A particularly – and atypically – alarmist article ran recently in the Wall St. Journal titled “U.S. Firms, China in Tech War” . You can read it here ( WSJ Article) and decide for yourself. The thrust is that Chinese national policy has shifted in recent years, making it more difficult for Western government companies to win government contracts and protect their most valuable intellectual property. According to the Journal, it’s part of a new “Chinese industrial policy” to transform China into a hothouse of homegrown leading edge technologies, with companies able to challenge American supremacy.
It makes good copy. According to the article, the issues are of such portent that President Obama discussed them directly with China’s leader, Hu Jintao, during the latter’s visit to the US last month. The article cites a fretful report from the US Chamber of Commerce in China, titled “China’s Drive for ‘Indigenous Innovation’: A Web of Industrial Policies”. The report claims China is building an “intricate web of new rules considered by many international technology companies to be a blueprint for technology theft on a scale the world has never seen before.”
To me, it seems that the Journal may be guilty of mistaking cause for effect. Is China pursuing a nationalist domestic procurement policy? Most likely, just as the US and virtually every other developed country does. Will this make it harder for non-Chinese companies to sell gear to China’s government agencies? Quite probably. Are Chinese rules crafted in such a way to make it obligatory for Western companies to transfer their technology to Chinese partners? Seems to be the case.
But, will any of this actually achieve the stated goal? Here, I’m a lot less agitated than the Americans quoted in the Journal article. The reason is also found in the same article, which makes a passing reference to similar rules in place in Japan, Korea, Germany and elsewhere. Fat lot of good they’ve done those countries. Their aggressive “buy local” rules, and other protectionist measures to “nurture” domestic innovation have done little to nothing to achieve their stated aim. In fact, the opposite is the case. If you want to draw up a list of the countries that have lost significant ground to the US in new technologies over the last twenty years, you can start with those that pursued similar regimes to China.
Twenty years ago, France, Germany and Japan all had large, well-known computer companies. Today, Bull, Nixdorf and NEC are either bankrupt or laughing stocks. Their governments’ passionate embrace turned out to be a kiss of death.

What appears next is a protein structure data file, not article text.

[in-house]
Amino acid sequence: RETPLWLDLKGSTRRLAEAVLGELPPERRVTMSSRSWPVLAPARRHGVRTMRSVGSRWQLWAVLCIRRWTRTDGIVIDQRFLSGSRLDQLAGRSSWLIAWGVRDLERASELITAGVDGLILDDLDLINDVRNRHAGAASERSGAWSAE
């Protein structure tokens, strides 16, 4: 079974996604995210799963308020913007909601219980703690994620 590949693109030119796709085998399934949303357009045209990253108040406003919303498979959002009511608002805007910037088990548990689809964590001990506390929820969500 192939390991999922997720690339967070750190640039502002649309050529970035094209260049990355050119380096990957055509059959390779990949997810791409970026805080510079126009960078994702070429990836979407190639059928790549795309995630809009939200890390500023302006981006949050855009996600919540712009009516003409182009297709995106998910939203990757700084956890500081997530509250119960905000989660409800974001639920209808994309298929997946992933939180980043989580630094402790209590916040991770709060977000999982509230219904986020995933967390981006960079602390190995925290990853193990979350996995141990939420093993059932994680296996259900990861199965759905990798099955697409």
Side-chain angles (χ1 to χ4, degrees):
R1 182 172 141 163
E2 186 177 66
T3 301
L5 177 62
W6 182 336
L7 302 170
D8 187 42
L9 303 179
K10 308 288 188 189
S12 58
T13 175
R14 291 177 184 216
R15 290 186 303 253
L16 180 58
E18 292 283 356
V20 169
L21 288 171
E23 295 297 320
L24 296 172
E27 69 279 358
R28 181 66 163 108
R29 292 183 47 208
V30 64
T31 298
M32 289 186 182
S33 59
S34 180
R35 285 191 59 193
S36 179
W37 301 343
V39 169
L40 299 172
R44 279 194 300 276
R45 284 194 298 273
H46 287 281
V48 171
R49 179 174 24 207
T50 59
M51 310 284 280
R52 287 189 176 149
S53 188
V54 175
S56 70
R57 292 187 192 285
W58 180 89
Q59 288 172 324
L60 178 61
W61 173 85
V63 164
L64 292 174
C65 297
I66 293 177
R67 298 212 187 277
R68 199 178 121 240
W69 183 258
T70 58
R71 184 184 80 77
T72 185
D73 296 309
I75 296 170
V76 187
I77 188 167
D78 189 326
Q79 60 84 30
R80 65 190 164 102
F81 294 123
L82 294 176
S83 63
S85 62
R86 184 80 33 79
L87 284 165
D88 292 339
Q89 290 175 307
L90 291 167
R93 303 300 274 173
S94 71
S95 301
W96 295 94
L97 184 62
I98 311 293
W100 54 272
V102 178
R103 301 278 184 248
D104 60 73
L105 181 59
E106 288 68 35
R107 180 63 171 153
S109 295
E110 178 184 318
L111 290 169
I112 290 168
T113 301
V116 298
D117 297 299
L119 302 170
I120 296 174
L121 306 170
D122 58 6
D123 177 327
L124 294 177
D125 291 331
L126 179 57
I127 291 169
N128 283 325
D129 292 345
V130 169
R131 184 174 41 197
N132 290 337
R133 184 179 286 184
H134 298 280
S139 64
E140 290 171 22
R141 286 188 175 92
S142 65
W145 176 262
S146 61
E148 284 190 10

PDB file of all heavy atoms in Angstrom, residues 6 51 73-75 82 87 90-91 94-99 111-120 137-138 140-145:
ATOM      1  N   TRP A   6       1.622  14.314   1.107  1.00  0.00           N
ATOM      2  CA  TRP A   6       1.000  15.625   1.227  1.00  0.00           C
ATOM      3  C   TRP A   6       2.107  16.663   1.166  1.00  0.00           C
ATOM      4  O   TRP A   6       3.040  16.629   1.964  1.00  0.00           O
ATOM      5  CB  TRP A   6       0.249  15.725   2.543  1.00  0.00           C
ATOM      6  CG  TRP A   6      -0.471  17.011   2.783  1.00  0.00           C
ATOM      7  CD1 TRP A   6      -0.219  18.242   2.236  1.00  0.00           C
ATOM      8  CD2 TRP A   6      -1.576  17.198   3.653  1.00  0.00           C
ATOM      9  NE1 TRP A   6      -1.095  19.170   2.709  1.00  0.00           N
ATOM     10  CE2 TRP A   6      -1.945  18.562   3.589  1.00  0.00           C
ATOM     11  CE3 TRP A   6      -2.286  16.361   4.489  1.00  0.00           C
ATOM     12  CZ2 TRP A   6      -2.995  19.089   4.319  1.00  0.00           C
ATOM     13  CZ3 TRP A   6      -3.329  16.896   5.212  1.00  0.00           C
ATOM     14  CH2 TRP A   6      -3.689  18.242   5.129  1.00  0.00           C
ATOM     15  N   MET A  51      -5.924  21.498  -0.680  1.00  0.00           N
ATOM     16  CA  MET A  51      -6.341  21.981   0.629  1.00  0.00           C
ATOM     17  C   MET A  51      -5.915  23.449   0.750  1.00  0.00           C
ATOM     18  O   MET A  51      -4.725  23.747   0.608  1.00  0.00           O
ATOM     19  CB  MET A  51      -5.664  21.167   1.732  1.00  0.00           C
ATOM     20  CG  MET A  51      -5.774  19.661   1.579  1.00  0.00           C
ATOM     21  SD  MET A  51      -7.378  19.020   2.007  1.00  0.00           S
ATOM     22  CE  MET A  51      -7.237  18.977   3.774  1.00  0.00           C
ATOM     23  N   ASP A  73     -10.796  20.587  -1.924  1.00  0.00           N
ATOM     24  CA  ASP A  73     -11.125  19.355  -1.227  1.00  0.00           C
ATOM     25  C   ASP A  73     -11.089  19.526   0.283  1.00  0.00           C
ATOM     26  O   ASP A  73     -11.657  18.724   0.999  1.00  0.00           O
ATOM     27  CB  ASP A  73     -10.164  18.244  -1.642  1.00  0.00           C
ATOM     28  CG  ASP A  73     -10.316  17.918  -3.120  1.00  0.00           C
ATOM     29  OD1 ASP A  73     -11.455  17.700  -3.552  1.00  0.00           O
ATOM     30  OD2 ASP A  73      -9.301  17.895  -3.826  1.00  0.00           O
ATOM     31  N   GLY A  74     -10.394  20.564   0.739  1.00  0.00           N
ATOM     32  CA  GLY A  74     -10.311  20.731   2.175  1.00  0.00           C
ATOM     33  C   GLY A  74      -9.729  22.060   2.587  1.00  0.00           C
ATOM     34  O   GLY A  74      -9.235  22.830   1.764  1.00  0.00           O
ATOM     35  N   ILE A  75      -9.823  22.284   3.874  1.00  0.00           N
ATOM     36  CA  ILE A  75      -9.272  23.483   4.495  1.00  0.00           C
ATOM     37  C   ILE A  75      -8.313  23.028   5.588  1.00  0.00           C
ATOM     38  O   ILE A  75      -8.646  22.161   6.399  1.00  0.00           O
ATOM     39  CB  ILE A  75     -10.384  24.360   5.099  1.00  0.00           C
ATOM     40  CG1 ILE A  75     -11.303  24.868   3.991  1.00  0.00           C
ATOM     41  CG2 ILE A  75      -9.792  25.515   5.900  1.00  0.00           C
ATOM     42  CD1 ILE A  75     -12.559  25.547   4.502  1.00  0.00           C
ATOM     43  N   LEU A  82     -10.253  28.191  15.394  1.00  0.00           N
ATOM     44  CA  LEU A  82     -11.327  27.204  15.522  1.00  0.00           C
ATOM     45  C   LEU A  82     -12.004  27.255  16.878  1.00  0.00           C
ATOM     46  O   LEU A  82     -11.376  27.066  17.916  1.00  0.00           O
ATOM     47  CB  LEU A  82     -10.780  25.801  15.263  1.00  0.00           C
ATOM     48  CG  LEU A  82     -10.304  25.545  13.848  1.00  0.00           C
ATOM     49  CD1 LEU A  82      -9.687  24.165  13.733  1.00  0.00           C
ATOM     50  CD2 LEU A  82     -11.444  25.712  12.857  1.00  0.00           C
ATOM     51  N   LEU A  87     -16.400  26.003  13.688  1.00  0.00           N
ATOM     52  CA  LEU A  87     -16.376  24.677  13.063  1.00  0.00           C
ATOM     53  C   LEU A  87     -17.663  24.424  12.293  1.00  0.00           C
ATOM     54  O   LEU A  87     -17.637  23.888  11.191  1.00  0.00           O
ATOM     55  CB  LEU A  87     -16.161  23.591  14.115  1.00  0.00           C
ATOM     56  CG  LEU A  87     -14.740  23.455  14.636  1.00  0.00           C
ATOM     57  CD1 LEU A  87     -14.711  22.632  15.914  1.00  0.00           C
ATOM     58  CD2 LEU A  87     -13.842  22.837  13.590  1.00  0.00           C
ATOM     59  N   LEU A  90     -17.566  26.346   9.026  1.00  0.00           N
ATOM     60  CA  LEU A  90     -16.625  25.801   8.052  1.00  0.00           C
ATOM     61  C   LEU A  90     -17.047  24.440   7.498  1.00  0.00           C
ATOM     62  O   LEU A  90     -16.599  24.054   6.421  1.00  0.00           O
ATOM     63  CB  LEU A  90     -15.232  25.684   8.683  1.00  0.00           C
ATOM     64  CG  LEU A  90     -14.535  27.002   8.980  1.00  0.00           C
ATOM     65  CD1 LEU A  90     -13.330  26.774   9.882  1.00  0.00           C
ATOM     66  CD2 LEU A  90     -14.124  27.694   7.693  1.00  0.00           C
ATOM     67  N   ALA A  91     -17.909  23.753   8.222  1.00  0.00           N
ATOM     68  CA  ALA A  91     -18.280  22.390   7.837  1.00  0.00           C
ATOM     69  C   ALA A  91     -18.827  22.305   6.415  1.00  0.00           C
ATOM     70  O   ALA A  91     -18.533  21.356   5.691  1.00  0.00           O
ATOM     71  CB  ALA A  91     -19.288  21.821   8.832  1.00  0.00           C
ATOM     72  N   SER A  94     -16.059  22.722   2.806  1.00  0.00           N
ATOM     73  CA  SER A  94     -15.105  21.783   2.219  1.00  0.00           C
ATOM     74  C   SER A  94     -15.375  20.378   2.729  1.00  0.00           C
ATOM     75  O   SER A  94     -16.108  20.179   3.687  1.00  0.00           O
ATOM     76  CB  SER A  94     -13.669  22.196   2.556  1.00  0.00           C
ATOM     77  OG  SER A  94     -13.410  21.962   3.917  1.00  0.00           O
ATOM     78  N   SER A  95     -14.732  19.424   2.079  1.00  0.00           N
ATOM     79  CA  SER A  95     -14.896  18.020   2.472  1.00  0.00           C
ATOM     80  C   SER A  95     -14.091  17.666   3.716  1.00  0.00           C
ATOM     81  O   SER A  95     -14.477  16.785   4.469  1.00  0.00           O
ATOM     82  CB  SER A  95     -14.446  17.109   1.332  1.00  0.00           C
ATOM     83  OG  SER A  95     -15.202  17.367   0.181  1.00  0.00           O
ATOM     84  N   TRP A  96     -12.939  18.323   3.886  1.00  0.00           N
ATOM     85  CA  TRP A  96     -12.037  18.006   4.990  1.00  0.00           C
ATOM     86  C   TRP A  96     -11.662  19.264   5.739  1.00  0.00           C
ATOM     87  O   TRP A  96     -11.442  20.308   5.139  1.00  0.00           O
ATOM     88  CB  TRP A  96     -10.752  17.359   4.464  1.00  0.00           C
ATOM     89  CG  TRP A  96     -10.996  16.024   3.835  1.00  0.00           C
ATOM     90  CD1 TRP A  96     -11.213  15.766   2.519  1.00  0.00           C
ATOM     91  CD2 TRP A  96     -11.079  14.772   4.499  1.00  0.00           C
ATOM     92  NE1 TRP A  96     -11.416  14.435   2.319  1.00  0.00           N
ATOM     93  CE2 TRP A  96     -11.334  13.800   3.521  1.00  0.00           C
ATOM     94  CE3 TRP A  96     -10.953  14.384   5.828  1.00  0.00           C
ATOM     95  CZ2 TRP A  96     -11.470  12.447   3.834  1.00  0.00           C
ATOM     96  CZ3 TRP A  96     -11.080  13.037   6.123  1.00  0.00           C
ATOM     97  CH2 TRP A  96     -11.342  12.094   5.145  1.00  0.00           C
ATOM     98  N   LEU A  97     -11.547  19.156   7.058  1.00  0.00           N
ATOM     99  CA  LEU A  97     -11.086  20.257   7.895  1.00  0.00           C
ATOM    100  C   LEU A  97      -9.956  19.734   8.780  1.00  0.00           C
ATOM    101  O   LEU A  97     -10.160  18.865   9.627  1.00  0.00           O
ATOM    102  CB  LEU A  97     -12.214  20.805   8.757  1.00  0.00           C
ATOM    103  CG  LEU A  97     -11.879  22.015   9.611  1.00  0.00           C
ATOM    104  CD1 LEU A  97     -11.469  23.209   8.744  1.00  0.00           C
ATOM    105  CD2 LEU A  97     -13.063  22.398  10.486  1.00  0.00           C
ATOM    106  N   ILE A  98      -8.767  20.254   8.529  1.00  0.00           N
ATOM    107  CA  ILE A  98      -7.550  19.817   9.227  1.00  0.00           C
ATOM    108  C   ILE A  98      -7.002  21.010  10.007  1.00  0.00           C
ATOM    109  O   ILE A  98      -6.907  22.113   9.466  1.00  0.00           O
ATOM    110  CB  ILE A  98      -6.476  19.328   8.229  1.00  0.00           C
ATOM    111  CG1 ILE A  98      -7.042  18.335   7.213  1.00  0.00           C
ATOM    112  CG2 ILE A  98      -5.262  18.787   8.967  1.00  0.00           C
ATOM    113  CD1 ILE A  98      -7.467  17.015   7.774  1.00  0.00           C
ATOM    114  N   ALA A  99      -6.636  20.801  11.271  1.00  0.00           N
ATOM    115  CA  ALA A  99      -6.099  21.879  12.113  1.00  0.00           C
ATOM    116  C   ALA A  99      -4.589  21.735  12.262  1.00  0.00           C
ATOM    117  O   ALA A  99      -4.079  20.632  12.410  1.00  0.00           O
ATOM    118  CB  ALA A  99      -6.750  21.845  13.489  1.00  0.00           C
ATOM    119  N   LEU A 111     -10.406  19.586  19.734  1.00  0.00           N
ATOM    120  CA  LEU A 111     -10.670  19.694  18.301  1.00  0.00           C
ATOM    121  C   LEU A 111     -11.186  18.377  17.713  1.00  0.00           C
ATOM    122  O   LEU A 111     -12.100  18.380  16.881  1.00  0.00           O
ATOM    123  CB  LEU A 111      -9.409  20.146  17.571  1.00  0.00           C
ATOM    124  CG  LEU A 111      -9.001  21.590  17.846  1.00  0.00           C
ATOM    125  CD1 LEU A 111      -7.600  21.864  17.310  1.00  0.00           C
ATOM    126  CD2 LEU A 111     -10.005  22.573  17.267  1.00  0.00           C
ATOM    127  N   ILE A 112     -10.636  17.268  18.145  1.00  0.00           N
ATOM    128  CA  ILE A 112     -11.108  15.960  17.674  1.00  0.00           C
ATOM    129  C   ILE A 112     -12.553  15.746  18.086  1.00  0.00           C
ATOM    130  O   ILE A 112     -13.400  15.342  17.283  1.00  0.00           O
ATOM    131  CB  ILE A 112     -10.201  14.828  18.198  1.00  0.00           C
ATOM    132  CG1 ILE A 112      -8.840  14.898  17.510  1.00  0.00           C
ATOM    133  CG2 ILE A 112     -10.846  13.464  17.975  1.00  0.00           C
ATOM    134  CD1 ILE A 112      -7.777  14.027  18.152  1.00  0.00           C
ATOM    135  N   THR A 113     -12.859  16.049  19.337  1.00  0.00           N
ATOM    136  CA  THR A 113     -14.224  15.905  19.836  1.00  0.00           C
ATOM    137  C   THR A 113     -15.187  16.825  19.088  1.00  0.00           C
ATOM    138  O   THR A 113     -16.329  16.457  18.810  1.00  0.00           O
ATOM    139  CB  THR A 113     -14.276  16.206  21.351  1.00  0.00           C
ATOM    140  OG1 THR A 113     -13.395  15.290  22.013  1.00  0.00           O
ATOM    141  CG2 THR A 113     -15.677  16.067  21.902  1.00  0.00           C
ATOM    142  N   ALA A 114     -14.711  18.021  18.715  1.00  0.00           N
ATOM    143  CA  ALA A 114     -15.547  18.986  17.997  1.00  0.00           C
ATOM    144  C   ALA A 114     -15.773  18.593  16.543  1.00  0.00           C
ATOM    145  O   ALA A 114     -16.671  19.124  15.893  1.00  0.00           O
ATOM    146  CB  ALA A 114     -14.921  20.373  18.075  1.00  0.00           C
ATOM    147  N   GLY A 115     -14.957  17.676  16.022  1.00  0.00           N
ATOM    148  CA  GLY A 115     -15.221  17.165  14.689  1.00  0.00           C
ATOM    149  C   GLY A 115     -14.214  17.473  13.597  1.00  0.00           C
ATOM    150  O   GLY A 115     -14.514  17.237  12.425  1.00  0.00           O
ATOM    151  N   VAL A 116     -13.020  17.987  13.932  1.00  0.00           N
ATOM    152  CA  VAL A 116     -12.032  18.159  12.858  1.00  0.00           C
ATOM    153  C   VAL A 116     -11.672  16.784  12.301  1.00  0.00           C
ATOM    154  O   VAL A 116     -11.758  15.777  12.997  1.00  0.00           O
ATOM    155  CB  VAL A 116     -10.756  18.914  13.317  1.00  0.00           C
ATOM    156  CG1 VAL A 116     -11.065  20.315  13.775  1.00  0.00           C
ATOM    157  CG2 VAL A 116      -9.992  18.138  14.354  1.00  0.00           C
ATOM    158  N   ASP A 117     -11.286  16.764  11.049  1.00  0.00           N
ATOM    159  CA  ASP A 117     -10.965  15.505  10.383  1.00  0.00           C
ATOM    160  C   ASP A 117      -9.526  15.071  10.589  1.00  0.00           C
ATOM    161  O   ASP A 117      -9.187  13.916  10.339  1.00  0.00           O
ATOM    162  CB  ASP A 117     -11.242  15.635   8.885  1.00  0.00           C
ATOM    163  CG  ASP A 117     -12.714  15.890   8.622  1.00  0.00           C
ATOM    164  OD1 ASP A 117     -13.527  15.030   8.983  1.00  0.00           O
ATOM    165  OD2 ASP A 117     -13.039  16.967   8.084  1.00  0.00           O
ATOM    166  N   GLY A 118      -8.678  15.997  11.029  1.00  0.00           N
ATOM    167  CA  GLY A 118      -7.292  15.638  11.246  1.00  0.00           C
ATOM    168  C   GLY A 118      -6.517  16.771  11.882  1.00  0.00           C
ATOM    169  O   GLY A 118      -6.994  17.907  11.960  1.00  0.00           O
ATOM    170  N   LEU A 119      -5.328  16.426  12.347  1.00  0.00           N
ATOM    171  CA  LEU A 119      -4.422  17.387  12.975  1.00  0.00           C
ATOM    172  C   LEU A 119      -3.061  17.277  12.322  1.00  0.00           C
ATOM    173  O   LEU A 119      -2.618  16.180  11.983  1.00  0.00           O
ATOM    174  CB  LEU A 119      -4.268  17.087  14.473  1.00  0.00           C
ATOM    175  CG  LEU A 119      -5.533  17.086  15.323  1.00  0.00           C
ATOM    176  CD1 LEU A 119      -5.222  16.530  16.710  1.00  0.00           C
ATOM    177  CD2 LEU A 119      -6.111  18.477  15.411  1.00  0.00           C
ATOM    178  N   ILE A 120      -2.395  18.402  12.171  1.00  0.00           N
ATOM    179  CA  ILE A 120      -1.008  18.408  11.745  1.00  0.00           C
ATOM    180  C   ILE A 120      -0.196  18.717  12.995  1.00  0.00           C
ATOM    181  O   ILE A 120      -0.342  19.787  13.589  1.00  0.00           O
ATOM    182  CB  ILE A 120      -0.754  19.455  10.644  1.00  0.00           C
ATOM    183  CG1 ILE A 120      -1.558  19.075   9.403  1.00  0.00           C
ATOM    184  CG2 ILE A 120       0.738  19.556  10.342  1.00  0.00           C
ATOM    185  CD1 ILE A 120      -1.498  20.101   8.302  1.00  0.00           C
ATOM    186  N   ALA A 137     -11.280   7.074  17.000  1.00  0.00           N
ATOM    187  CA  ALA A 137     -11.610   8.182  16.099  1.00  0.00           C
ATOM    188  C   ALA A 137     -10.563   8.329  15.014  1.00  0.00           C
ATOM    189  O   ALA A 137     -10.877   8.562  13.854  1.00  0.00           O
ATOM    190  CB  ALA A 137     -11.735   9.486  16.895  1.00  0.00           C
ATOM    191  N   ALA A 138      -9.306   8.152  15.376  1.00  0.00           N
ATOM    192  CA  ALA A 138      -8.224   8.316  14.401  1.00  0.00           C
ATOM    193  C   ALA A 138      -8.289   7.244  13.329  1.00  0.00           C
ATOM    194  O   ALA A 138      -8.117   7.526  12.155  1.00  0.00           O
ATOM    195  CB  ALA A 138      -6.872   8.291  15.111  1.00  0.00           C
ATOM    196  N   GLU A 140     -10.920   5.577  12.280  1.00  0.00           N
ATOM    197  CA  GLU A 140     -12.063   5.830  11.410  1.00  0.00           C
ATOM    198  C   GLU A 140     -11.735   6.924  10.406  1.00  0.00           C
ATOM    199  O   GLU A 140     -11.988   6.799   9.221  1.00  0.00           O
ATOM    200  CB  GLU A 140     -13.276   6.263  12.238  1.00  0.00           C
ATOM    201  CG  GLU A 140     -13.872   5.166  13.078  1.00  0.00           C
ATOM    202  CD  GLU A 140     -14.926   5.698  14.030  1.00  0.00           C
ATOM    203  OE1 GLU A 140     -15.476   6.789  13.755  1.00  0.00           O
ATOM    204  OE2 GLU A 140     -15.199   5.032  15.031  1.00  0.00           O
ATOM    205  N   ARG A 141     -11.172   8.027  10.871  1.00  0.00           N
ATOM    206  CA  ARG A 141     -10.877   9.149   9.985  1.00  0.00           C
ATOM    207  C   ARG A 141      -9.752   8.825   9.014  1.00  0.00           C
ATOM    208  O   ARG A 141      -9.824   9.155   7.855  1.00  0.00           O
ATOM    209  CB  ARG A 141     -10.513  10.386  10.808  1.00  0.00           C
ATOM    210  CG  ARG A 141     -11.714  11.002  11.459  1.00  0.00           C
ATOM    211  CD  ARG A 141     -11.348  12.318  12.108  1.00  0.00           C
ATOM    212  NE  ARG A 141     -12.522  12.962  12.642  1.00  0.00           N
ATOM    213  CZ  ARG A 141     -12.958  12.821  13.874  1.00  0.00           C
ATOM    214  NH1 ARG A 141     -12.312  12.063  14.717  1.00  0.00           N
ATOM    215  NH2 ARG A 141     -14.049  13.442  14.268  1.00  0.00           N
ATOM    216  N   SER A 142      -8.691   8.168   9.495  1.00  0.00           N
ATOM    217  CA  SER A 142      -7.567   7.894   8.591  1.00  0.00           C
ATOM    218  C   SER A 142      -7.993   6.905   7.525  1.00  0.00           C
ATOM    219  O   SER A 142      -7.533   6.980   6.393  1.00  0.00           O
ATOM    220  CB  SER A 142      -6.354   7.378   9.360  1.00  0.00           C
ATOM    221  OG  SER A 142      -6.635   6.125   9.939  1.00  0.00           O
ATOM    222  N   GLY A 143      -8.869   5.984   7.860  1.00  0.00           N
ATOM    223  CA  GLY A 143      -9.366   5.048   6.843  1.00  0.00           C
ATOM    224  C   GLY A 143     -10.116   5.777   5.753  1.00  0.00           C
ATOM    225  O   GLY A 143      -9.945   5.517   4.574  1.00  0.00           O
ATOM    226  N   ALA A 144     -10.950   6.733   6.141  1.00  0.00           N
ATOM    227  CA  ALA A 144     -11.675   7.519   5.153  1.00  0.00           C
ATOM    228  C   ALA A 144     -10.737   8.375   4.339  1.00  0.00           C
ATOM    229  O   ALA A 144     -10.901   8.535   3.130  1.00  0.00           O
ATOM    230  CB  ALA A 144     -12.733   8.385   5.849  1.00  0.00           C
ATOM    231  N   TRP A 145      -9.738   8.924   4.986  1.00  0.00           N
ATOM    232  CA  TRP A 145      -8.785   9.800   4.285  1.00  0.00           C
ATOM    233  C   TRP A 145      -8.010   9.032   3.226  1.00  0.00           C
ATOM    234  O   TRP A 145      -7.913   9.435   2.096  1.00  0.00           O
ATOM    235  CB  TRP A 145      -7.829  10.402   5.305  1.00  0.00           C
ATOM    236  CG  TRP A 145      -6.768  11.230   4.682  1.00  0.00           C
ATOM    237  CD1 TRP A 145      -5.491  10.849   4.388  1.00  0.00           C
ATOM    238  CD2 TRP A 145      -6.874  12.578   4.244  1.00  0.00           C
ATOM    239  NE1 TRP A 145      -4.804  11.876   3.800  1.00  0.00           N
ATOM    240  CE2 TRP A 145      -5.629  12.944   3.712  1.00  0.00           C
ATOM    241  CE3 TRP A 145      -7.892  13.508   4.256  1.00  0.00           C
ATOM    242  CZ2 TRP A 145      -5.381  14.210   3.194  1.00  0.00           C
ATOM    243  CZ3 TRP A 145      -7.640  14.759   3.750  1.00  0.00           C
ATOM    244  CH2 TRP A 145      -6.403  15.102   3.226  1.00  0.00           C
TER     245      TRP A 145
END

The same is true in the industries that the US government has chosen to support and nourish with subsidies and protection. Think about the billions wasted (or as our current US administration tabs it “invested” ) on “alternative energy” and “clean transport” in the US.
Industrial policy, in almost all cases, has a track record untainted by success. There are a lot of good reasons for this, but the most fundamental of all is that government officials, however well-schooled and well-meaning, have no competence to choose winning technologies, and certainly do so with far diminished effectiveness than an open, vibrant market of billions of customers.
Governments all love command and control. The problem is they can only do one of the two. Commanding your citizens to produce advanced products, and lavishing subsidies and protection on those who pay attention to you, is not the same as controlling which technologies will prove most useful, as well as most time- and money-saving.
Yes, this system can produce bullet trains in Japan and China, and maglev trains in Germany. Problem is, no one else wants to buy them, and your citizens are mainly too busy and happy futzing around on Facebook or Google to much care about any of this.
If China does favor domestic technology companies, the risk is these companies produce just enough innovation to please their government customers. But, like Bull, Nixdorf and NEC, they will produce nothing that anyone else with free choice will care to buy.
Sure, I’d like US companies to have a better crack at the Chinese market. But, then again, I’d like some of my Chinese clients to have a better crack also at the Japanese, Korean and European markets they are often shut out of. Governments by their nature, sadly, are usually protectionist and nationalist. China is no different. The US has often tried to keep these malign instincts at bay. But, my homeland has all kinds of “buy American” favoritism in place for government contracts.
Innovation is important. But, often enough, it’s good marketing, pricing and efficient global distribution that wins customers, and generates the profits to reinvest in more new ideas and products. I don’t know of a single great technology company that relies on its national government as a main customer. Those that do so, like SAIC in the US or EADS in Europe, often end up falling behind the technology curve.
US companies have every right to complain about unfair procurement policies in China. There’s no solid ground, however, for believing that these same policies will result in China producing world-beating technology companies in the future. One of the surest way to find the failed technology companies of the future is to search for those whose main customers are their own nation’s bureaucrats.